possible membership of the European Union said that in the
country, "Non-Muslim communities - as organised structures of
religious groups - still face problems due to lack of legal


Australian bishop scolds 'scruffy' clergy

Melbourne (ENI). An Anglican bishop in Australia's largest city
of Sydney has dressed down his own clergy over their lack of
sartorial style, and suggested they usually "dress worse than
the lay people" in their congregations. "Why are our clergy the
worst dressed people in church?" wrote Bishop Robert Forsyth of
S. Sydney on Sydney Anglicans Web site (
as he reported the question of a friend. In the column, he wrote,
"There is a way of dressing casual that looks really good … [and]
there is a way that looks positively daggy [slovenly] and scruffy."


Ecumenical News International
News Highlights
15 January 2010
Mid-East church group supports women's ordination
as pastors

Harissa (ENI). Representatives of Middle Eastern Anglican,
Lutheran and Reformed churches, meeting in Harissa, Lebanon,
have voted unanimously in favour of the ordination of women
as pastors. "This is historic and allows us to move forward
in a leading role," said Jerusalem Lutheran Bishop Munib
Younan after decision at the general assembly of the
Fellowship of Middle East Evangelical Churches. Younan,
the fellowship's outgoing president, said the decision
meant its 16 member churches were urged to open the door
to the ordination of women pastors.


Former Anglican leader sparks row with comments
on migrants

London (ENI). A former Archbishop of Canterbury, Lord
(George) Carey, is at the centre of a religious and political
debate after writing a newspaper article in which he urged
limits on immigration to Britain, and said migrants needed
to recognise the country's Christian heritage. "The sheer
numbers of migrants from within Europe and elsewhere put the
resources of Britain under enormous pressure, but also threaten
the very ethos or DNA of our nation," Carey wrote in an article
published in The Times newspaper. In the article, Carey said he
welcomed, "the contribution of both economic migrants and asylum
seekers to our lively cosmopolitan culture". However, failure
to reduce the number of migrants, he warned, "could be seriously
damaging to the future harmony of our society".


HK Christian students use meditation to protest at rail link
Hong Kong (ENI). Hong Kong Christian students have turned to
meditation, and also joined thousands of other demonstrators
outside the territory's Legislative Council to protest against
plans for a China-wide high-speed rail link that they say would
cause environmental damage, and lead to an entire village being
relocated. "We do not need a development model that divides
people from the land," said Lau Kim Ling, the executive
secretary of Hong Kong's Student Christian Movement, in advance
of a decision that the council, the territory's parliament, was
scheduled to take on 16 January. "Christians should oppose this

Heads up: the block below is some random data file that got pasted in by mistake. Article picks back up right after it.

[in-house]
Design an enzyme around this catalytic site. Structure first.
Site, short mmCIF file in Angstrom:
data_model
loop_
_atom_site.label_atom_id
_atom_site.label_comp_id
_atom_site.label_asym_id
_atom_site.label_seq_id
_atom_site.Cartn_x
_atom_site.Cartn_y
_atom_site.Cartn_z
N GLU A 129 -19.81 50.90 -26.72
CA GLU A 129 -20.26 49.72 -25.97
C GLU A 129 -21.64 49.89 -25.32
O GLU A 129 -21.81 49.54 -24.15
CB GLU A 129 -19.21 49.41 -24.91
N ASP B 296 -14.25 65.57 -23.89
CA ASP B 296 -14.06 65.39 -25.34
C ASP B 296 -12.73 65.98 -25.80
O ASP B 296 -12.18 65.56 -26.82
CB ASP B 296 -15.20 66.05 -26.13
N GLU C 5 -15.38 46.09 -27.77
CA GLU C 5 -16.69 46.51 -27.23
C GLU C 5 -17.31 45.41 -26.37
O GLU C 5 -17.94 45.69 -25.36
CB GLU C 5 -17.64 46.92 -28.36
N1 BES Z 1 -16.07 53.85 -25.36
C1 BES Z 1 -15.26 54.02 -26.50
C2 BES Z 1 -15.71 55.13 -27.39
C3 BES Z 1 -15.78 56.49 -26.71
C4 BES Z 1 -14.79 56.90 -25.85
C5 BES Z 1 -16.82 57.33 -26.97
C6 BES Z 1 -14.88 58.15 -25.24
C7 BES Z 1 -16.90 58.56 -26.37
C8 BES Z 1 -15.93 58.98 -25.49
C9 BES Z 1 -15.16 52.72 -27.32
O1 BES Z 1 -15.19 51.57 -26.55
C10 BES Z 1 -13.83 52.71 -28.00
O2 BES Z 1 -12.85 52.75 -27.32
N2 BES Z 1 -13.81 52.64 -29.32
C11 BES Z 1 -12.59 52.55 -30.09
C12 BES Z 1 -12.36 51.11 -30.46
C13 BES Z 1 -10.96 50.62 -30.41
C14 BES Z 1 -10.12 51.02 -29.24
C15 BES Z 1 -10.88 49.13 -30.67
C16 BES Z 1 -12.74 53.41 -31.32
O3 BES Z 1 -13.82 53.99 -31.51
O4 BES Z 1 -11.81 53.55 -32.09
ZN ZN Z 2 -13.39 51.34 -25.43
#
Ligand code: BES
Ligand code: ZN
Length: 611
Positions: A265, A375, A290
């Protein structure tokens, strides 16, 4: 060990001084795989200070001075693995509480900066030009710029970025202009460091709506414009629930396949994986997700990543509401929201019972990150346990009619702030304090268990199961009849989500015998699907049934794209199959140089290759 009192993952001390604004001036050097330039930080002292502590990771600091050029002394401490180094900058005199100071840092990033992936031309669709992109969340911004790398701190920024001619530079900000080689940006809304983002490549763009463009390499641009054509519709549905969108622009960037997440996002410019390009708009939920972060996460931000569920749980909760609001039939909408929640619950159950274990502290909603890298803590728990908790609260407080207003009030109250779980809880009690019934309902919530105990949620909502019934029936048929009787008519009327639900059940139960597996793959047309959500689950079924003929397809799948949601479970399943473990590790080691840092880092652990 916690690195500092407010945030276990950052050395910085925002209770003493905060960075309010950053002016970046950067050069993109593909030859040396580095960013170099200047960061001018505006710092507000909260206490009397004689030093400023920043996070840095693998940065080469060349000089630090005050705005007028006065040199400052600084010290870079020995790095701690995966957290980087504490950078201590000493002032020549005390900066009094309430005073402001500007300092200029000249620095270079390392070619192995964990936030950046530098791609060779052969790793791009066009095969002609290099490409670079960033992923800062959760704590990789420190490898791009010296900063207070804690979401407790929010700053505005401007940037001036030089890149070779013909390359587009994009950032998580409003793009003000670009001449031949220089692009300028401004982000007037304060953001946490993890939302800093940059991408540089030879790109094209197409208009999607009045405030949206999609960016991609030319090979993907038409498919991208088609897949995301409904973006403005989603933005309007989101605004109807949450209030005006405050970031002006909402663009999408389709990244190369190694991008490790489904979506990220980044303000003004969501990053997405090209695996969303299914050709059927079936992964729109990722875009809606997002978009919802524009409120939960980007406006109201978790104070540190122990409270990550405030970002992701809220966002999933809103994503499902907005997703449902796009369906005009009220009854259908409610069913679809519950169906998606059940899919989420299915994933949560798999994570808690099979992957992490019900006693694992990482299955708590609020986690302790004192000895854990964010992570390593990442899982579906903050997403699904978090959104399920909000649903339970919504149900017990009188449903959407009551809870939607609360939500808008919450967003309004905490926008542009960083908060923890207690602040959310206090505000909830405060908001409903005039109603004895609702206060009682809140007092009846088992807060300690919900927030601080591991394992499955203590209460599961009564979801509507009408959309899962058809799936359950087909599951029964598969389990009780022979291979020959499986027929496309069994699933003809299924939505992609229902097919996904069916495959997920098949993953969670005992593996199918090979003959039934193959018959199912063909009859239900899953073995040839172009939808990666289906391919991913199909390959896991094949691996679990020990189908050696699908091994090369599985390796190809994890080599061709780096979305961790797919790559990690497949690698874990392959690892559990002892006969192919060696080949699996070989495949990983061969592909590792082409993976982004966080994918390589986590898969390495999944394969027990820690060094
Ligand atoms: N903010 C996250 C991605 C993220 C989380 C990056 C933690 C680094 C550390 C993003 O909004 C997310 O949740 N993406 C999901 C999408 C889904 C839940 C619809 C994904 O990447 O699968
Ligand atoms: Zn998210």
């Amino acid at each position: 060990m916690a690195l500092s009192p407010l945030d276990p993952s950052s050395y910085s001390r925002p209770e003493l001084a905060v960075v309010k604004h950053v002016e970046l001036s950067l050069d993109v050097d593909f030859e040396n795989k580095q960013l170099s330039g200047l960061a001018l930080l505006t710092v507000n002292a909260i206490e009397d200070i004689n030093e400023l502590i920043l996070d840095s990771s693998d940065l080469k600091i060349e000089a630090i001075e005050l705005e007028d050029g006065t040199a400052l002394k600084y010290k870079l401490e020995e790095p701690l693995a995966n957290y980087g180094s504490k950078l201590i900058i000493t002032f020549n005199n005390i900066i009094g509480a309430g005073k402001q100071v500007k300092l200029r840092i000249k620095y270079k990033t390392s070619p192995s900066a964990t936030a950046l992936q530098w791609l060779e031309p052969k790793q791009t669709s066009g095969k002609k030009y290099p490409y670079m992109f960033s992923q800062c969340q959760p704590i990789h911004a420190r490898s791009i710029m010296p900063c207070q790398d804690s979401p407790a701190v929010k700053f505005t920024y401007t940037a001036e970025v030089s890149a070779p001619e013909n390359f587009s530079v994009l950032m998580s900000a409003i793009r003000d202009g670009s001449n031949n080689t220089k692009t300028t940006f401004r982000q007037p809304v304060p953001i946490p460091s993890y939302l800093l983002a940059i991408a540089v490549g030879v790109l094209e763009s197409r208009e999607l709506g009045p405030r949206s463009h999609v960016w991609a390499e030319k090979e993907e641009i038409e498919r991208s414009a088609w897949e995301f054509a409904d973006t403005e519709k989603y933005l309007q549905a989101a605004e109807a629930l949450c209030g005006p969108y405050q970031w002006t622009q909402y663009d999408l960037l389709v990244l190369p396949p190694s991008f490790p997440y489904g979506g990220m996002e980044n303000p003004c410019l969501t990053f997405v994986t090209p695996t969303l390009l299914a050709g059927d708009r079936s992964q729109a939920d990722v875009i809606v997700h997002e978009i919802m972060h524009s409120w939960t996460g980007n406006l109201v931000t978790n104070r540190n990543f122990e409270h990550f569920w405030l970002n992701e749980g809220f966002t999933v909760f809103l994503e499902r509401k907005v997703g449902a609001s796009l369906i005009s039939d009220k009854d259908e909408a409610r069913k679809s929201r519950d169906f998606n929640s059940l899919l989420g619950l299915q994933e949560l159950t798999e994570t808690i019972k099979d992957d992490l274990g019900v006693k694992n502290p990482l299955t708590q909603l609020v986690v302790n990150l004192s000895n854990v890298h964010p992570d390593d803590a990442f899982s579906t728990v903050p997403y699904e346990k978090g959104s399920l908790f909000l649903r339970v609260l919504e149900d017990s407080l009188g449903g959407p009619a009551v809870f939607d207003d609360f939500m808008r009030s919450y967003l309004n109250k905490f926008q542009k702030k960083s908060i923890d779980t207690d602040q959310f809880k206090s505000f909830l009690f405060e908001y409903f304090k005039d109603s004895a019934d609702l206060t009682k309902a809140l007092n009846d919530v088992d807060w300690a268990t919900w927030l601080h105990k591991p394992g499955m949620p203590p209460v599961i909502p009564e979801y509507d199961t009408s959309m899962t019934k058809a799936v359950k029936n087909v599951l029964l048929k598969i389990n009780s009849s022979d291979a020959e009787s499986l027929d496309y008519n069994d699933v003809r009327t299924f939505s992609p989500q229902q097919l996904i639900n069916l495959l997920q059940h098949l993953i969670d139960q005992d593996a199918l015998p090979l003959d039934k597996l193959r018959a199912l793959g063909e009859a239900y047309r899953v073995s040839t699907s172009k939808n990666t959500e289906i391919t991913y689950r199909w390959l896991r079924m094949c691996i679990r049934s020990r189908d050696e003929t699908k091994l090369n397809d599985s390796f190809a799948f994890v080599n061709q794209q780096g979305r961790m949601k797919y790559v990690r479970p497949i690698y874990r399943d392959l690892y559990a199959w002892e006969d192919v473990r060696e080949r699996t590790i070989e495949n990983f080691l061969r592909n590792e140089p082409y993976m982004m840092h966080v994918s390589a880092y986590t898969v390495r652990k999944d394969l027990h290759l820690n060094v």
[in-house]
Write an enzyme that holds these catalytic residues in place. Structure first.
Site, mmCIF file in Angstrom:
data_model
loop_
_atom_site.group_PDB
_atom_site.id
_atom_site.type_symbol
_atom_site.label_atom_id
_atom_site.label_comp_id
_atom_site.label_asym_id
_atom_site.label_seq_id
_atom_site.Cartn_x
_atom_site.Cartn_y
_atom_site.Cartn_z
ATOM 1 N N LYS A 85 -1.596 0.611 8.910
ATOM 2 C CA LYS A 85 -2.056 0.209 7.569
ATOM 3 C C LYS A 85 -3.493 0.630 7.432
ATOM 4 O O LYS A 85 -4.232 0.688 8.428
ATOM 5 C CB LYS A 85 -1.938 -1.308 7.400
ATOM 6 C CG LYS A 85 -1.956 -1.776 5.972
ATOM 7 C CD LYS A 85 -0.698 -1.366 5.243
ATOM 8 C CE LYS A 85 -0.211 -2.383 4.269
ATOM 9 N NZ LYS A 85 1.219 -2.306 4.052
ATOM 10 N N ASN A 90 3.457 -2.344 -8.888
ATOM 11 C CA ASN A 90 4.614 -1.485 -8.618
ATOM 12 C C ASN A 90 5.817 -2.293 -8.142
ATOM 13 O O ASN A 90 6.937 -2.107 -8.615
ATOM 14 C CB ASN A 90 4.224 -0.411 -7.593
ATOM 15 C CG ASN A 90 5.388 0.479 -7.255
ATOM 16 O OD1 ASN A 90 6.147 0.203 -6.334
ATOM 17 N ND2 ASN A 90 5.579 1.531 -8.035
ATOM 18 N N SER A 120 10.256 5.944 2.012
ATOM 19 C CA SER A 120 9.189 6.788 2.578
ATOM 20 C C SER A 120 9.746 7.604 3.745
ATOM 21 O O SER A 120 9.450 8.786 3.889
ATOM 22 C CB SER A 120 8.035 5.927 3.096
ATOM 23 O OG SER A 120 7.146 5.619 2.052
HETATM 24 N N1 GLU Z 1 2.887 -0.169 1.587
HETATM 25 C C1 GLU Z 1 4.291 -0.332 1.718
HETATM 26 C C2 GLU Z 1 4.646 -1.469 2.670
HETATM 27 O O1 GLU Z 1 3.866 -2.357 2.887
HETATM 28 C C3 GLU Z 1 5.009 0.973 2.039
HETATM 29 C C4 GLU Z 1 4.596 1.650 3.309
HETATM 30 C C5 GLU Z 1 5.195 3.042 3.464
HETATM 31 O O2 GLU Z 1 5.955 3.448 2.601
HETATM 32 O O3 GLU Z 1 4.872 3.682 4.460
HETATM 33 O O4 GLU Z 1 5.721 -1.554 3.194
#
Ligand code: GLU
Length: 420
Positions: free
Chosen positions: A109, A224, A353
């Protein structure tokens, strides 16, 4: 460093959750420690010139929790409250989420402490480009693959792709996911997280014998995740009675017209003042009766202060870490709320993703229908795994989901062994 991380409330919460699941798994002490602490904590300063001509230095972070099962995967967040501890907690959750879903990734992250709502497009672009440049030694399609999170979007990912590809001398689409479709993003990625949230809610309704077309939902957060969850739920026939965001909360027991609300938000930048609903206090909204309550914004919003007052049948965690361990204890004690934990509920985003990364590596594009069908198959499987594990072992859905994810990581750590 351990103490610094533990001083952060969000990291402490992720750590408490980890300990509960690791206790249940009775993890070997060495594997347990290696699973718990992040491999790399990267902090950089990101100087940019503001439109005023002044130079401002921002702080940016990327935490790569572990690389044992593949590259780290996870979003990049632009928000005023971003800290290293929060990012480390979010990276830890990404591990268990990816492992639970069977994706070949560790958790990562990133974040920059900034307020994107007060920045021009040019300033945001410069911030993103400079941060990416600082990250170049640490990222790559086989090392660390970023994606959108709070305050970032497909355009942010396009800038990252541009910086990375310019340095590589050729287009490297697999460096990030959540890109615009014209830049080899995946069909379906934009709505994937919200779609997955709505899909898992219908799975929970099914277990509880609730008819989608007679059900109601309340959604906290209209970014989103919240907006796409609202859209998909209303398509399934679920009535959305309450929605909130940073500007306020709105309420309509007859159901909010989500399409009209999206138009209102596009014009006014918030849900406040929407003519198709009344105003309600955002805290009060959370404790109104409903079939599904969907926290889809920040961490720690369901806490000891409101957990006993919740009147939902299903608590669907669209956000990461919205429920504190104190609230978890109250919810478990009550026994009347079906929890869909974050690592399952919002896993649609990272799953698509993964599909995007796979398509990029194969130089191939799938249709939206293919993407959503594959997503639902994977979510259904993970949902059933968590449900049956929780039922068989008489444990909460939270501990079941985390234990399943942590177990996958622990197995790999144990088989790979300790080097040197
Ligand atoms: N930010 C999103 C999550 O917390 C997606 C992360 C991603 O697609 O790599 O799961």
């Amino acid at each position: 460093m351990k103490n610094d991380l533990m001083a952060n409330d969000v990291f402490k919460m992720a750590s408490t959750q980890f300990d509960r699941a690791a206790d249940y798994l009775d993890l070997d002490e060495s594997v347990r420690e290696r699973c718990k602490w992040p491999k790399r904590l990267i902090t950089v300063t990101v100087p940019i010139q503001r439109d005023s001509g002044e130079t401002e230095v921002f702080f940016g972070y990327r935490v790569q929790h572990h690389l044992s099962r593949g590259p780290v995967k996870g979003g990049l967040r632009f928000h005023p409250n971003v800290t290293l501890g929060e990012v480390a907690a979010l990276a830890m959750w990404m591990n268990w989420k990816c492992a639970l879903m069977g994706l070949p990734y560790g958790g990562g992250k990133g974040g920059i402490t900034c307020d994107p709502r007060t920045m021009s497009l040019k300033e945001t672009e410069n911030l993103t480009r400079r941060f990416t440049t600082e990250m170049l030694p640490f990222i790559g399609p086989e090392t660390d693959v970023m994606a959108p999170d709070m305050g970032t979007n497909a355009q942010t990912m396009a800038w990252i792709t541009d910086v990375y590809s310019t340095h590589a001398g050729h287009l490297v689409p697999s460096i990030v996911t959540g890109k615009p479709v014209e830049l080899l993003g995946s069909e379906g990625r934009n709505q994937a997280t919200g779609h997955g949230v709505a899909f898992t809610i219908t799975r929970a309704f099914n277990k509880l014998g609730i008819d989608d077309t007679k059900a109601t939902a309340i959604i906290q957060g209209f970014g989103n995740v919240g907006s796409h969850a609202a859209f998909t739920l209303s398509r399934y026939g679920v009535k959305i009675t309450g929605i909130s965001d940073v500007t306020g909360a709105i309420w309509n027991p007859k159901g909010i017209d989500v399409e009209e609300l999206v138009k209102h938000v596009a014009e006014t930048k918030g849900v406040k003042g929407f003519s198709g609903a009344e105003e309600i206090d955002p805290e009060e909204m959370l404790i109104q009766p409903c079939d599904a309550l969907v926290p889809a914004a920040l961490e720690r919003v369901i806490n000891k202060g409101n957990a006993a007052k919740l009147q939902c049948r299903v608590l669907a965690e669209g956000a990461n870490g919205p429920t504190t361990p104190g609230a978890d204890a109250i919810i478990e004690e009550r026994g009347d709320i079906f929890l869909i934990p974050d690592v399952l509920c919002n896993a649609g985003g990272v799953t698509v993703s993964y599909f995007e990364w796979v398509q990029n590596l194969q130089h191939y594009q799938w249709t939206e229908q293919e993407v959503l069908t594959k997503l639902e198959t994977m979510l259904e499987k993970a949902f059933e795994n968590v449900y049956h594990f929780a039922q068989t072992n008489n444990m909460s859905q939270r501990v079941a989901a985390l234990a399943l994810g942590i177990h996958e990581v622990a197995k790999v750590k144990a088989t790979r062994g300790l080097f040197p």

huge project that does harm to the environment and brings little
real benefit to the society," Chan Sze-Chi, a theology lecturer
at Hong Kong's Baptist University, told an SCM meeting in
advance of the protest at the Legislative Council.



Sojourners Online
January 12th, 2010

If I see [a] gift as mine alone to give, I might give
hesitantly, even grudgingly, considering my options,
then giving from a sense of ought. If I see the gift
as God's who allows me to use it for a time, then the
gift can flow more freely, as I join with others to be
a channel for God's love and mercy.

- Roberta Porter, from her poem, "Grace in Giving"


January 13th, 2010

Throughout the gospels we are repeatedly told that after
some word or deed of Jesus "his disciples believed in him."
The point of this statement is not that up to that point
they had no faith, but rather that their faith deepened
with the passage of time. To believe in God is more than
simply to profess God's existence; it is to enter into
communion with God and -- the two being inseparable --
with our fellow human beings as well. All this adds up
to a process.

- Gustavo Gutierrez, in "We Drink from Our Own Wells"


January 15th

The irony would be delicious if it were not so bitter:
earnest theologians have been earnestly persuading
Christians for sixteen centuries that their gospel
supports violence, while massive outpourings of citizens
in one officially atheist country after another [during
the peaceful overturning of the Soviet regime and its
allies at the end of the Cold War] recently have
demonstrated the effectiveness of Jesus’ teaching of
nonviolence as a means of liberation.

- Walter Wink, from his book "The Powers That Be"



On Jan. 9, 1968, the Surveyor 7 space probe made a soft
landing on the moon, marking the end of the American series
of unmanned explorations of the lunar surface.

On Jan. 10, 1946, the first General Assembly of the United
Nations convened in London.


On Jan. 11, 1935, aviator Amelia Earhart began a trip from
Honolulu to Oakland, Calif., becoming the first woman to fly
solo across the Pacific Ocean.


On Jan. 14, 1943, President Roosevelt and British Prime Minister
Winston Churchill opened a wartime conference in Casablanca.